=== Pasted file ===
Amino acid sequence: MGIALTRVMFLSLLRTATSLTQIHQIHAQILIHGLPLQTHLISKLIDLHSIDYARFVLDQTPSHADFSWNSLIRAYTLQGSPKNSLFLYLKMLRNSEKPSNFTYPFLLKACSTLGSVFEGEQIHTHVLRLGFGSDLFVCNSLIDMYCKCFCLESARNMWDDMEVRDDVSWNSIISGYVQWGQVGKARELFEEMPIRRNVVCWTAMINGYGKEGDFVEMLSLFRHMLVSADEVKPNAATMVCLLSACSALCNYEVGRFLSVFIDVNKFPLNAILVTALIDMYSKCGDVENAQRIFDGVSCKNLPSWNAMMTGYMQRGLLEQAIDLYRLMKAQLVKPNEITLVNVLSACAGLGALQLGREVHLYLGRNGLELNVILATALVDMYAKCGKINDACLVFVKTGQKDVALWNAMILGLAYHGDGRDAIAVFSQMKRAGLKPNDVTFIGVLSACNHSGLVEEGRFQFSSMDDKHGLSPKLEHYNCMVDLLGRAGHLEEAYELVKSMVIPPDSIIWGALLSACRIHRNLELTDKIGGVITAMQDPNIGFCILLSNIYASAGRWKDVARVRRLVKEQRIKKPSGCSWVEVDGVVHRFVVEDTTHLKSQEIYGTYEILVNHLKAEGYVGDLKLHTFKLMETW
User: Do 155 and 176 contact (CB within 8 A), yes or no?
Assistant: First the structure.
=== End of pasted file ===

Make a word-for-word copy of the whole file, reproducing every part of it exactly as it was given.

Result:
Amino acid sequence: MGIALTRVMFLSLLRTATSLTQIHQIHAQILIHGLPLQTHLISKLIDLHSIDYARFVLDQTPSHADFSWNSLIRAYTLQGSPKNSLFLYLKMLRNSEKPSNFTYPFLLKACSTLGSVFEGEQIHTHVLRLGFGSDLFVCNSLIDMYCKCFCLESARNMWDDMEVRDDVSWNSIISGYVQWGQVGKARELFEEMPIRRNVVCWTAMINGYGKEGDFVEMLSLFRHMLVSADEVKPNAATMVCLLSACSALCNYEVGRFLSVFIDVNKFPLNAILVTALIDMYSKCGDVENAQRIFDGVSCKNLPSWNAMMTGYMQRGLLEQAIDLYRLMKAQLVKPNEITLVNVLSACAGLGALQLGREVHLYLGRNGLELNVILATALVDMYAKCGKINDACLVFVKTGQKDVALWNAMILGLAYHGDGRDAIAVFSQMKRAGLKPNDVTFIGVLSACNHSGLVEEGRFQFSSMDDKHGLSPKLEHYNCMVDLLGRAGHLEEAYELVKSMVIPPDSIIWGALLSACRIHRNLELTDKIGGVITAMQDPNIGFCILLSNIYASAGRWKDVARVRRLVKEQRIKKPSGCSWVEVDGVVHRFVVEDTTHLKSQEIYGTYEILVNHLKAEGYVGDLKLHTFKLMETW
User: Do 155 and 176 contact (CB within 8 A), yes or no?
Assistant: First the structure.